The Melancholy of Mechagirl is a remarkable collection of stories and poems that are (mostly) in some way connected with/to Japan. The writer, Catherynne M. Valente, could well be this generation’s Ray Bradbury.
The Melancholy of Mechagirl by Catherynne M. Valente; 224 pages; Haikasoru (VIZ Media)
The thirteen stories and poems collected in The Melancholy of Mechagirl reflect Valente’s decade spent in Japan. Their subjects vary between the poetic musings of the female pilot of a giant mecha, the lives and loves of three normally inanimate objects and an alternate history where Joe McCarthy became president and nuclear war is being waged.
Here there are Japanese gods, lonely women, haunted islands and monsters both human and non; love achieved, love lost and love barely imagined.
In one tale, Ink, Water, Milk, there are three series of events that occur concurrently – though they must be related one at a time, with cross-cutting between them to keep the reader connected, thematically to all of them. Most of its characters are yokai (non-human). Another story, Killswitch, details the playing of a videogame that can only ever be played once by any given player – and no copy of the game can ever be played more than once.
Some of the stories are semi-autobiographical: the main character lives a similar life to the writer, but with some sort of fantasy element added – usually to give a deeper sense of the emotions at play in her life and the depths to which her sense of home has changed.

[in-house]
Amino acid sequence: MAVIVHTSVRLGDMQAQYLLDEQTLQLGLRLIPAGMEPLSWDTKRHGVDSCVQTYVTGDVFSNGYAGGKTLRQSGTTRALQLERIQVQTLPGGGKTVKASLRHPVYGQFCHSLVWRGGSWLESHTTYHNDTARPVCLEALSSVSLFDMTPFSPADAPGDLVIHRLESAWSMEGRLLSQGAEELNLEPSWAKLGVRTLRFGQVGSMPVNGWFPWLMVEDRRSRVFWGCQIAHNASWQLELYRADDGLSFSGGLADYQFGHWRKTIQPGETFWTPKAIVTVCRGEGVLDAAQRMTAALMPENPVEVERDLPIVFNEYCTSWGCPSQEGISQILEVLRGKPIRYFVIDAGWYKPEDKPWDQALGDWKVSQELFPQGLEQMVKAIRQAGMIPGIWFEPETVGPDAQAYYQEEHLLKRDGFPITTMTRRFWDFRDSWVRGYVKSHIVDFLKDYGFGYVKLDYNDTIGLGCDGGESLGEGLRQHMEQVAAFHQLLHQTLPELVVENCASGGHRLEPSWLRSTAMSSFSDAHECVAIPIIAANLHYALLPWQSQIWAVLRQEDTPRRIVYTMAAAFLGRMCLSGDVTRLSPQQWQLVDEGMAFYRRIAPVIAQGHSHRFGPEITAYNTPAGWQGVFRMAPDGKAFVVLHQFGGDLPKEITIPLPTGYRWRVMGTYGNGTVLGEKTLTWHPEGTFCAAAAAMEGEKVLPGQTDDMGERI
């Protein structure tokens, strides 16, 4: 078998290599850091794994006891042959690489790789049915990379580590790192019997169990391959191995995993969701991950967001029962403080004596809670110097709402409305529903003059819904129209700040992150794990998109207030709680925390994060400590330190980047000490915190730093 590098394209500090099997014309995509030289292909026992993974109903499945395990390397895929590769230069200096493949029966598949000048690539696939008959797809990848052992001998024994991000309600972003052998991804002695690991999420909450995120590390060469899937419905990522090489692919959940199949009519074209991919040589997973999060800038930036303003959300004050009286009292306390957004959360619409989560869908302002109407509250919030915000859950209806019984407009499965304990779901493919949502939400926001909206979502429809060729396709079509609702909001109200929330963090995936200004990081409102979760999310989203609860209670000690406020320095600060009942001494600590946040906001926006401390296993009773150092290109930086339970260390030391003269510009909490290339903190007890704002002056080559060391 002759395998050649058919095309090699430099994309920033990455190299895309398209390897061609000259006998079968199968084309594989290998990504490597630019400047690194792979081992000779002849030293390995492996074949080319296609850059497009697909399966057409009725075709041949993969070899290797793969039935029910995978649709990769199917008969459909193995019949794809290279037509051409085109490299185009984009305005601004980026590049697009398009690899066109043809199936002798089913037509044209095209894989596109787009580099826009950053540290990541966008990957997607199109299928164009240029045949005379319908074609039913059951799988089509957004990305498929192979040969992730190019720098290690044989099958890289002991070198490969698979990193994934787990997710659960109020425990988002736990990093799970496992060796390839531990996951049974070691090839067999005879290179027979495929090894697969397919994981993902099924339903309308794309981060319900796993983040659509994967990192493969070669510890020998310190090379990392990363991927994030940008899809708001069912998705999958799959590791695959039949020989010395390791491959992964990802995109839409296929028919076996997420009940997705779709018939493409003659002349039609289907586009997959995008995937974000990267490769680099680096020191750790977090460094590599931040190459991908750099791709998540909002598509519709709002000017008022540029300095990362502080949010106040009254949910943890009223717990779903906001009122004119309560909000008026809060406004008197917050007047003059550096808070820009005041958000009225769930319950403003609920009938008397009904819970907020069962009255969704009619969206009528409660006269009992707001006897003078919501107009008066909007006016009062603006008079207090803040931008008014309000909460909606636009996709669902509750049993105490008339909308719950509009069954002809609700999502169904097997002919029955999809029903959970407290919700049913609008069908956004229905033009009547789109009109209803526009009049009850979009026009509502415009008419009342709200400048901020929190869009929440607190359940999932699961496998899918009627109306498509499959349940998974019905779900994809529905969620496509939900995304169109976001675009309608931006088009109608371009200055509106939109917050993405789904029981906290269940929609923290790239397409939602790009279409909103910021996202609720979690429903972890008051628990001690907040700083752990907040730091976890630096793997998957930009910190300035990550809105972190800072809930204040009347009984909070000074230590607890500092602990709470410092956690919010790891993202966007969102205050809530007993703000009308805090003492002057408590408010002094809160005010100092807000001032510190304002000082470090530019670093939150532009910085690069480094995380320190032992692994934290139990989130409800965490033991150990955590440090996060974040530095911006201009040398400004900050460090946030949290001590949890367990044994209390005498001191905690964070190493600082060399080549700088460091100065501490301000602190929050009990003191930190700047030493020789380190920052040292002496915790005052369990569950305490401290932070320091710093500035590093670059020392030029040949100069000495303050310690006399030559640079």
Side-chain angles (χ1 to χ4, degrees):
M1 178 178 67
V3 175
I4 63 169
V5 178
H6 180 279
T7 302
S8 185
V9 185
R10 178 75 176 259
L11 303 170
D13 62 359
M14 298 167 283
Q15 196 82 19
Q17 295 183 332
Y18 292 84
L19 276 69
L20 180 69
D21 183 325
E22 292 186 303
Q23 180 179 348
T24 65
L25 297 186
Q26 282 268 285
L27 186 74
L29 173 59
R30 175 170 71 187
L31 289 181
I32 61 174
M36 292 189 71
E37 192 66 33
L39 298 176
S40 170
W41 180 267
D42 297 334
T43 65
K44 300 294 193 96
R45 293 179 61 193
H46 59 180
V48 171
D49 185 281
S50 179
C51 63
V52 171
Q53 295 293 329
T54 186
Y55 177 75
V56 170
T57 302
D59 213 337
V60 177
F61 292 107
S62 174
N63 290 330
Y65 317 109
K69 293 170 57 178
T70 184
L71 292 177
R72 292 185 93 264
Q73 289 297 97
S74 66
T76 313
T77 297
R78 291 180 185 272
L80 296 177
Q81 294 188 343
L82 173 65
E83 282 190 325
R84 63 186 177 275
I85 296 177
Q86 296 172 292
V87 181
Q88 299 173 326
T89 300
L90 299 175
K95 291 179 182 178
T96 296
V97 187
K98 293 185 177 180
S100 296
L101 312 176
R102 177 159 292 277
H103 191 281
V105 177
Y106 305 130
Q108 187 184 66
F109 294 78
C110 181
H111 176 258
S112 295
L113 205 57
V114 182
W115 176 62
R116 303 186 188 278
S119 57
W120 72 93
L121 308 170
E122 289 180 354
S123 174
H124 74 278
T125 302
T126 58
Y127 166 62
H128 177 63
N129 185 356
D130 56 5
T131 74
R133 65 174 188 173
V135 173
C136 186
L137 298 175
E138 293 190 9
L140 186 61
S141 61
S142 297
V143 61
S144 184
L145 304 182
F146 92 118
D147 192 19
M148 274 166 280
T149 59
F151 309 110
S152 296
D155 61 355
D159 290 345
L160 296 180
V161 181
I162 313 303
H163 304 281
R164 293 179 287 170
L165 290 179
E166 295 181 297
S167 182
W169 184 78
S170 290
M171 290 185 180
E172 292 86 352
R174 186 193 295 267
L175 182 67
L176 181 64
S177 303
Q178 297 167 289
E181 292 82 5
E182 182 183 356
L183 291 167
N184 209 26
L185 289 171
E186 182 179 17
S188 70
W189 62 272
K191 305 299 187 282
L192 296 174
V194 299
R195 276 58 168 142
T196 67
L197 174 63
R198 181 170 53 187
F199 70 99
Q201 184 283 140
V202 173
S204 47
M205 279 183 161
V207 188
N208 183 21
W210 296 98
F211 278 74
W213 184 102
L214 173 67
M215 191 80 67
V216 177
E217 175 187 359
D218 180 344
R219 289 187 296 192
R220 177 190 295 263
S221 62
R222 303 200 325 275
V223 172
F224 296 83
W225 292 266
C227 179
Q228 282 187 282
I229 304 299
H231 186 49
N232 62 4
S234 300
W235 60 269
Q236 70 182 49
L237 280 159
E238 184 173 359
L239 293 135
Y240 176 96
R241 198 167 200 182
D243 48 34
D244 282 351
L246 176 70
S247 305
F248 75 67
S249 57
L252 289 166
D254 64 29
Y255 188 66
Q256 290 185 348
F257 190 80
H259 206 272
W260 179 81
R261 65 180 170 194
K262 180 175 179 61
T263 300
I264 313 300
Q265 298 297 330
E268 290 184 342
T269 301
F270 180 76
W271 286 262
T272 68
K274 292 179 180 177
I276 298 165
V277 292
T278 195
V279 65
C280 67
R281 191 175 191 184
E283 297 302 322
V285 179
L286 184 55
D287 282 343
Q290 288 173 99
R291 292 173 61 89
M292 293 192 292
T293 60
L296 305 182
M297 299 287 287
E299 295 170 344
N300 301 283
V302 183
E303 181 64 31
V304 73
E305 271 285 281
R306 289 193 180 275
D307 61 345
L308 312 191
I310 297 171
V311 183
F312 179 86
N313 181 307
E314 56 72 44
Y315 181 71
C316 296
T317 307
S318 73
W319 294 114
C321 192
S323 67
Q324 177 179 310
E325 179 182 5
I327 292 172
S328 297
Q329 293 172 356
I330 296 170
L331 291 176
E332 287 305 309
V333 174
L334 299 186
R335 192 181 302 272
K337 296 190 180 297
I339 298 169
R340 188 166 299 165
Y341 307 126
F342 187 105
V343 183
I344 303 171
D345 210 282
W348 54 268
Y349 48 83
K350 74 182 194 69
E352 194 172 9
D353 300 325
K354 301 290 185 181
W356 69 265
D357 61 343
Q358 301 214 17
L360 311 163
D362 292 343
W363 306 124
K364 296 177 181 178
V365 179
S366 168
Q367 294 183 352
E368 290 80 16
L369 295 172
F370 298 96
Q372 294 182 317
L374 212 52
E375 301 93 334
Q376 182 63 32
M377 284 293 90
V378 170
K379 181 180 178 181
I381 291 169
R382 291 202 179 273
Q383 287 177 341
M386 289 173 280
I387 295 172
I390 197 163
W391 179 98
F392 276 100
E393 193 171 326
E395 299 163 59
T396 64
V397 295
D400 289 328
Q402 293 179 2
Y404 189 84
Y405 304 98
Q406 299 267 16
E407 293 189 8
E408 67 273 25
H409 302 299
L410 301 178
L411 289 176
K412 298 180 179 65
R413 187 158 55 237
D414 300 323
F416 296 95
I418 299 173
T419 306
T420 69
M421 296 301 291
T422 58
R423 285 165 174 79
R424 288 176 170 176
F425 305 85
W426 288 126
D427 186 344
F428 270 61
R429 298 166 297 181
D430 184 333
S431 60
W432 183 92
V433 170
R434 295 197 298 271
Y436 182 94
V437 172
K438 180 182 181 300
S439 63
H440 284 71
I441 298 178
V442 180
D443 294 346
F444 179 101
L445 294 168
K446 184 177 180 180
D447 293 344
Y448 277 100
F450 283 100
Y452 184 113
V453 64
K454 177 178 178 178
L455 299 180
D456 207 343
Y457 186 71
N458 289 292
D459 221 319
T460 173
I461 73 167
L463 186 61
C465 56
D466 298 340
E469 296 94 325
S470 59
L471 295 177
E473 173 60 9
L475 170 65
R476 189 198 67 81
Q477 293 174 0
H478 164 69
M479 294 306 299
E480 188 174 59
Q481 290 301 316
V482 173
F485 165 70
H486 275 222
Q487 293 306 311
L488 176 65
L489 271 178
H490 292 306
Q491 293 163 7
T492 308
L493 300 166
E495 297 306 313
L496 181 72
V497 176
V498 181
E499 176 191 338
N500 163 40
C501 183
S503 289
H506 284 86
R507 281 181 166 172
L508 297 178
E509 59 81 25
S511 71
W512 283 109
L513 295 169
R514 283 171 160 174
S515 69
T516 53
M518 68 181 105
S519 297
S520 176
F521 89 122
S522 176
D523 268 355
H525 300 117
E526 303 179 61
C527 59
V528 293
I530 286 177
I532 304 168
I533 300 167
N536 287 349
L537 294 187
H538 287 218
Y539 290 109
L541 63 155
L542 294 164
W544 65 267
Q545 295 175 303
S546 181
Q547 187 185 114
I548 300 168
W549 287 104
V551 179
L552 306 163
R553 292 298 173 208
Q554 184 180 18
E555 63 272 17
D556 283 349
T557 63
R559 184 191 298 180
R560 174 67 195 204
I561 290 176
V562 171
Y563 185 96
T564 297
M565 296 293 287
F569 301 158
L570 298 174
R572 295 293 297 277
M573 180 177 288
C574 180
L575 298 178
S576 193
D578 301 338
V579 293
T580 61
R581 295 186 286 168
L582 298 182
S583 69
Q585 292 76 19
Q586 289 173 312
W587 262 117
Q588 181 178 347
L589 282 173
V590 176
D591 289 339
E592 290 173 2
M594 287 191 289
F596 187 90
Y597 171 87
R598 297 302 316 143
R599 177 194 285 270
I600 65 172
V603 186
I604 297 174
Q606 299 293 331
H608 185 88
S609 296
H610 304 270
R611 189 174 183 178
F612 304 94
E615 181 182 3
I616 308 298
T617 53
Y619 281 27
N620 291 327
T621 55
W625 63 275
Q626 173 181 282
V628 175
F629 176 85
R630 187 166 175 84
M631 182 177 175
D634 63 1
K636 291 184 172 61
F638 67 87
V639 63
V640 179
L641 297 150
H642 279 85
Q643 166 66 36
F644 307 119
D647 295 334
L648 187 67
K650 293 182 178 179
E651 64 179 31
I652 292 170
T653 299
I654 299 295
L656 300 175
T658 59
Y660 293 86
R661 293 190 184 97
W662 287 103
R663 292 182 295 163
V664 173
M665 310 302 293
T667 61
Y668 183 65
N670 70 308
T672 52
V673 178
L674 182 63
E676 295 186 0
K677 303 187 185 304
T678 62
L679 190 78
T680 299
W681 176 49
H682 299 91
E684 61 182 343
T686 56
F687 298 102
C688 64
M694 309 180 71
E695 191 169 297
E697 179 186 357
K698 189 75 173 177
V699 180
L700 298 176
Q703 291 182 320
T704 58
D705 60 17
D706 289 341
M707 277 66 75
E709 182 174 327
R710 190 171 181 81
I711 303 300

My personal favorite is Thirteen Ways of Looking at Space/Time, an original spin on the creation myth that makes a frequently hilarious examination of the beginning of everything by taking various myths and juxtaposing them with a meditation on the question of where writers get their ideas. That this is one of the stories where Valente mixes in autobiographical details makes it as unexpectedly moving as it is funny.
Neil Gaiman once said that ’Google will give you one hundred thousand answers; a librarian will give you the correct one. There is that kind of rightness to Valente’s writing. Like the late Ray Bradbury, her writing has a delicacy and precision to it that is not only very effective, but incredibly specific. There are thousands of ways that each of her stories might have been told, but the one she chose is the only right one.
The Melancholy of Mechagirl includes a foreword by Japanese critic Teryuki Hashimoto and an Afterword by Valente.
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Cover art courtesy of VIZ Media